Monica Ali’s Brick Lane follow-up never really reaches boiling point
ONE of the most famous books to come out of the boom of the Eighties was Barbarians at the Gate. In this book, it seems that the nerds have taken over from Conan and his chums.
In fact, the subtitle of the book makes it clear that greed was to blame – politicians and central bankers all over the world will be pleased to hear that – and more specifically the search for a way to make money using clever computer models when the markets were slow.
In Tett’s analysis, it all started at JP Morgan in the mid-Nineties, when the bank started securitising commercial loans in order to keep capital flowing when interest rates were falling. The practice soon spread to other banks, and other sorts of loans, including mortgages.
Soon, as we all know, things got out of control and banks were accepting dubious AAA ratings on the loans without looking to see if those ratings were justified, despite the warnings from legislators and regulators. Greed trumped prudence, and even those who could have done something about it decided to let the greedy reap the rewards of the dubious models.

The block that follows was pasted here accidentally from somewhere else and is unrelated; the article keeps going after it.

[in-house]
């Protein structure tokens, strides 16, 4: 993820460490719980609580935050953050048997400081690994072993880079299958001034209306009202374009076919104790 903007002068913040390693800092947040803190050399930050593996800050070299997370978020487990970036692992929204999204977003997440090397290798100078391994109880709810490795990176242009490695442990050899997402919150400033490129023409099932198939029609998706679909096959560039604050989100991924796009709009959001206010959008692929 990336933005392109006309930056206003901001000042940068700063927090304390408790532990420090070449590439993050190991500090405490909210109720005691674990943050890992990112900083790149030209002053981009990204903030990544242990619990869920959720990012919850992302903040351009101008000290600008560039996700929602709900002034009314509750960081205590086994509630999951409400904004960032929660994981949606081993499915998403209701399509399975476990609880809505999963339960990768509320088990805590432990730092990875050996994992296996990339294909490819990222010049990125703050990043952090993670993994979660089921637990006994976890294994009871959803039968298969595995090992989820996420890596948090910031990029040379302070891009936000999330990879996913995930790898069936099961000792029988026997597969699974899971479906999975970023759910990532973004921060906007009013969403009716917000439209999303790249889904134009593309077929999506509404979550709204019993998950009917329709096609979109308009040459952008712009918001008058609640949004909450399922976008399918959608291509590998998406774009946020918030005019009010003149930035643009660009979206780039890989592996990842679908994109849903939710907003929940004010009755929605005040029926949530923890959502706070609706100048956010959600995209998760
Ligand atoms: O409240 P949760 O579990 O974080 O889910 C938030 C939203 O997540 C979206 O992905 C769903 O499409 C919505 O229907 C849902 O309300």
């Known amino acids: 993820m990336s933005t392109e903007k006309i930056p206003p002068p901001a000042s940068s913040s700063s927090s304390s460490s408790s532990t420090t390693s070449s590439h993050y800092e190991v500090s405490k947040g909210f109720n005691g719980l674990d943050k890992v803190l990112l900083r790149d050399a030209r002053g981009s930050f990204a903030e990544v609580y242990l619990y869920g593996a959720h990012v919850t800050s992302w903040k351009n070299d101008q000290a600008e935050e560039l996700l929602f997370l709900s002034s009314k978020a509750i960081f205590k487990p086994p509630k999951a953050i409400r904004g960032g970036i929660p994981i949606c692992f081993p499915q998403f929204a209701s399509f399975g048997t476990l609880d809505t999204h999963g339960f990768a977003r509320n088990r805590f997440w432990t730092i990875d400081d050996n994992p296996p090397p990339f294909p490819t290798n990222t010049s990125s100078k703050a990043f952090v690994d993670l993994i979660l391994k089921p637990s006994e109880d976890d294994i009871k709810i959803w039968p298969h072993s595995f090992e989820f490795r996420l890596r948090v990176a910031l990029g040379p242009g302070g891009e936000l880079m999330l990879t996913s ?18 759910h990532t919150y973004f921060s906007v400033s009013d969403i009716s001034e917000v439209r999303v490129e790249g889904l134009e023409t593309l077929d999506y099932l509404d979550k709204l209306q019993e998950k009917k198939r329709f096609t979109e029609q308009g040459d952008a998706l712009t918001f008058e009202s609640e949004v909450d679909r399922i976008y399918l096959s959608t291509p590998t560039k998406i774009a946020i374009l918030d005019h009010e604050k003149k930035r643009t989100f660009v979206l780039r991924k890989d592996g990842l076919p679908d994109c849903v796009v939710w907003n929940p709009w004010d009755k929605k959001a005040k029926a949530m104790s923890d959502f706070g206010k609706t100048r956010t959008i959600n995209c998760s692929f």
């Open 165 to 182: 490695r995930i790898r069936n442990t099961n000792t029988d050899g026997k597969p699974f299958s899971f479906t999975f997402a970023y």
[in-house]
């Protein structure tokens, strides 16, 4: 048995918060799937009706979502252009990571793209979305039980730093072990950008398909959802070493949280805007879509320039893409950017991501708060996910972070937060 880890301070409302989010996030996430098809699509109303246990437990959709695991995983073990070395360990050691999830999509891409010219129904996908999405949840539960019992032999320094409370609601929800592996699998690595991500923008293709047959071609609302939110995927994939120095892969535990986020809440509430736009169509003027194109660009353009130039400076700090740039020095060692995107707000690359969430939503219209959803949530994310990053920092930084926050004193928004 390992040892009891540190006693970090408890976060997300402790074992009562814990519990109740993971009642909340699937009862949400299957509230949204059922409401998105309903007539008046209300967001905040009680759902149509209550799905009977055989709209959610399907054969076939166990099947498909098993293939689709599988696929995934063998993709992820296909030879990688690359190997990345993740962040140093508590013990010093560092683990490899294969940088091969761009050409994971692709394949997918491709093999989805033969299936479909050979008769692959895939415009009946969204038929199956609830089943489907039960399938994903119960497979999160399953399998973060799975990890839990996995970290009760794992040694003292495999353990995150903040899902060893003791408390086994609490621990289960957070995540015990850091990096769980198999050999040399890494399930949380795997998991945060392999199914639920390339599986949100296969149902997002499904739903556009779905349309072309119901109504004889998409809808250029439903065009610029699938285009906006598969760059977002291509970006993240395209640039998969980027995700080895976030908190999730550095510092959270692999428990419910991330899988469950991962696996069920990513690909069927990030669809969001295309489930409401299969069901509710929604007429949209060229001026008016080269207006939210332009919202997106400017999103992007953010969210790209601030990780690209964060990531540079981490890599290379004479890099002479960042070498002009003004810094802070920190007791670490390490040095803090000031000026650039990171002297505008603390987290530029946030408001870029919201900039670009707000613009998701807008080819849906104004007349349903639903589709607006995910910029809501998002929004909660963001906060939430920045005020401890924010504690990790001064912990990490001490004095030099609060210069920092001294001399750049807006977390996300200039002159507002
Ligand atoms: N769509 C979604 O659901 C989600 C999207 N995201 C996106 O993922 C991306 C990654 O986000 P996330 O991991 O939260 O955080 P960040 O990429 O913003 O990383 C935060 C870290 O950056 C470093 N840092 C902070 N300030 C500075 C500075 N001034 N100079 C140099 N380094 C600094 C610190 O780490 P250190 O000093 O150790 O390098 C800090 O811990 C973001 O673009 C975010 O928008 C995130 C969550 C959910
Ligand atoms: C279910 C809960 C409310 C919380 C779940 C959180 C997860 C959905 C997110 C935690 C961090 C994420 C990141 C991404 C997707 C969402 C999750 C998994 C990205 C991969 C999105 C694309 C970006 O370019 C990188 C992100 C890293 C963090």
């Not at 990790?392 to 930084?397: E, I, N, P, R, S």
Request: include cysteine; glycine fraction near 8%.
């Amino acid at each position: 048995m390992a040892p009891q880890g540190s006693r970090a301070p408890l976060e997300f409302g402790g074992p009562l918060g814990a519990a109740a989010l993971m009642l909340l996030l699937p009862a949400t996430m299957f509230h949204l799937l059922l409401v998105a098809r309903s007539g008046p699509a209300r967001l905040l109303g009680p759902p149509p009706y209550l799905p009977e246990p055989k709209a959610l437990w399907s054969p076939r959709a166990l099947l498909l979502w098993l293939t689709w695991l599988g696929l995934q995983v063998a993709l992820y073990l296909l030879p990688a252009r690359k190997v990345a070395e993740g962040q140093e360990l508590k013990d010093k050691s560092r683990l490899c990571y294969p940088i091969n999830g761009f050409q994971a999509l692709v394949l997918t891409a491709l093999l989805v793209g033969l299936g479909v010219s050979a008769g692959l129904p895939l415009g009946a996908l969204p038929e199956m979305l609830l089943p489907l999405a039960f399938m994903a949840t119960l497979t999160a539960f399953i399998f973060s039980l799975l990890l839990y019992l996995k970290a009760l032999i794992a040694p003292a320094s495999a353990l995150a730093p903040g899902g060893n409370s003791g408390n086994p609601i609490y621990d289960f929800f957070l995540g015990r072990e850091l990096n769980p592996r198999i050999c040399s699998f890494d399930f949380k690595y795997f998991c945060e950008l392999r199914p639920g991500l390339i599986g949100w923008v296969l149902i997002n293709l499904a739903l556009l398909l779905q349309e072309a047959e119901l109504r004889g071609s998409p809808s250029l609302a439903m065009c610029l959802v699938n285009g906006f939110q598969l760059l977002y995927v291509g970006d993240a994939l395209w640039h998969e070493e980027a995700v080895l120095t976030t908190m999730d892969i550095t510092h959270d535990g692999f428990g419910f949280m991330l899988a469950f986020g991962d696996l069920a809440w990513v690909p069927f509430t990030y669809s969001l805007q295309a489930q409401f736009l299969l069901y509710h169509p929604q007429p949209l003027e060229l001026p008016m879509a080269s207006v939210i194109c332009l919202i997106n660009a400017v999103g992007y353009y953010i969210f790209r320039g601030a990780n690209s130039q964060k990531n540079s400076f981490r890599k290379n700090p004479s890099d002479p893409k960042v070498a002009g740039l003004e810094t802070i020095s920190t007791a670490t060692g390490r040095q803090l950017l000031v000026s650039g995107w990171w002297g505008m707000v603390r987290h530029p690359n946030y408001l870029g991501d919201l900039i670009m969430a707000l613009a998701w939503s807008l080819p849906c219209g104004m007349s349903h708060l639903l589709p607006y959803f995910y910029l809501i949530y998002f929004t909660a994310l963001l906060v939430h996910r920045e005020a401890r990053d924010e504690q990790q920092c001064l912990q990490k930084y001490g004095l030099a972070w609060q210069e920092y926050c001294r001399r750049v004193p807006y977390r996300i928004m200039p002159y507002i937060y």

The problem was that the models were badly built: human error was built in, in the sense that the models could not cope with a downturn. When it came, the loans turned out to be too complex and almost entirely worthless.
Tett’s interpretation of the credit crisis has the perception of an insider (she worked for the FT during the period she writes about) and she explains complicated concepts crisply. An important book.